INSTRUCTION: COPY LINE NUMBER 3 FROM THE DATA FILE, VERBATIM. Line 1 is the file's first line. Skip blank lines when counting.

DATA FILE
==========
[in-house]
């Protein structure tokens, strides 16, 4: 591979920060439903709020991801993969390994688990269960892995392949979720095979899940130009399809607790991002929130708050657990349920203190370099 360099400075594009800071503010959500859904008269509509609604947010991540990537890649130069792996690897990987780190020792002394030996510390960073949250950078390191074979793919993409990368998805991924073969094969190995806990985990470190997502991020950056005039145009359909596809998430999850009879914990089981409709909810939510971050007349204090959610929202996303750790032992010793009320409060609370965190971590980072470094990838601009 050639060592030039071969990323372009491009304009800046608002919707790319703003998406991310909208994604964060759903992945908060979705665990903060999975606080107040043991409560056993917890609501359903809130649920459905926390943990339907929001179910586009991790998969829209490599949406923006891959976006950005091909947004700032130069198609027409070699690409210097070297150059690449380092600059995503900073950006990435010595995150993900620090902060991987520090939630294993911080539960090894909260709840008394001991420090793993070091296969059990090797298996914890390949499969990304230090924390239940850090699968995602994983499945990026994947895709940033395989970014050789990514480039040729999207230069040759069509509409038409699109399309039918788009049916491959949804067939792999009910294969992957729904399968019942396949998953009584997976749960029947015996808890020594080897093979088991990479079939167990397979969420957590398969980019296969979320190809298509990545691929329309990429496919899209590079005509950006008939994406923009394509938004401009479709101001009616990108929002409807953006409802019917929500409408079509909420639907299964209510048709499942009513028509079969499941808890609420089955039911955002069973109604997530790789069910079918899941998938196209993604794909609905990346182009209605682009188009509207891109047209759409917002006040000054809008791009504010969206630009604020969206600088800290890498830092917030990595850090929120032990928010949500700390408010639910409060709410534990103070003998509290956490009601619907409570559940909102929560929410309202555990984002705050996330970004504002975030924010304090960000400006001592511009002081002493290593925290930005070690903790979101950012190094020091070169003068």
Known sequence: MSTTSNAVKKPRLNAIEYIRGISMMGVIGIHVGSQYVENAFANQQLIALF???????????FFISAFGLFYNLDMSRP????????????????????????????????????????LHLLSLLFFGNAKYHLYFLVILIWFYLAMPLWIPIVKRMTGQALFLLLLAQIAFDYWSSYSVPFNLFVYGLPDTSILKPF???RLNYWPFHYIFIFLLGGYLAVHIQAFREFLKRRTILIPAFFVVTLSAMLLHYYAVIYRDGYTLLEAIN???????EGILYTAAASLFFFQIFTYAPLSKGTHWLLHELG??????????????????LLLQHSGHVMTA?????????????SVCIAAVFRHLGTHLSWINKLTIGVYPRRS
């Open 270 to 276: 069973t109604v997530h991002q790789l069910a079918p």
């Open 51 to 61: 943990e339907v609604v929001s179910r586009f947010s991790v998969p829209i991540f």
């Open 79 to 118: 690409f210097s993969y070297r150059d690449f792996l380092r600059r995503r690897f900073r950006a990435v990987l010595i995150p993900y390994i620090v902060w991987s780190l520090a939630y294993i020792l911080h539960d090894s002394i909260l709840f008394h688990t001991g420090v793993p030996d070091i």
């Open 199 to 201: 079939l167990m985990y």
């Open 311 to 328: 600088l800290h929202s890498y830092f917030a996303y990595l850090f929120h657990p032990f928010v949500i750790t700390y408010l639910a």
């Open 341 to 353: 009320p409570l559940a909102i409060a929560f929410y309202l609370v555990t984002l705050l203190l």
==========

Known sequence: MSTTSNAVKKPRLNAIEYIRGISMMGVIGIHVGSQYVENAFANQQLIALF???????????FFISAFGLFYNLDMSRP????????????????????????????????????????LHLLSLLFFGNAKYHLYFLVILIWFYLAMPLWIPIVKRMTGQALFLLLLAQIAFDYWSSYSVPFNLFVYGLPDTSILKPF???RLNYWPFHYIFIFLLGGYLAVHIQAFREFLKRRTILIPAFFVVTLSAMLLHYYAVIYRDGYTLLEAIN???????EGILYTAAASLFFFQIFTYAPLSKGTHWLLHELG??????????????????LLLQHSGHVMTA?????????????SVCIAAVFRHLGTHLSWINKLTIGVYPRRS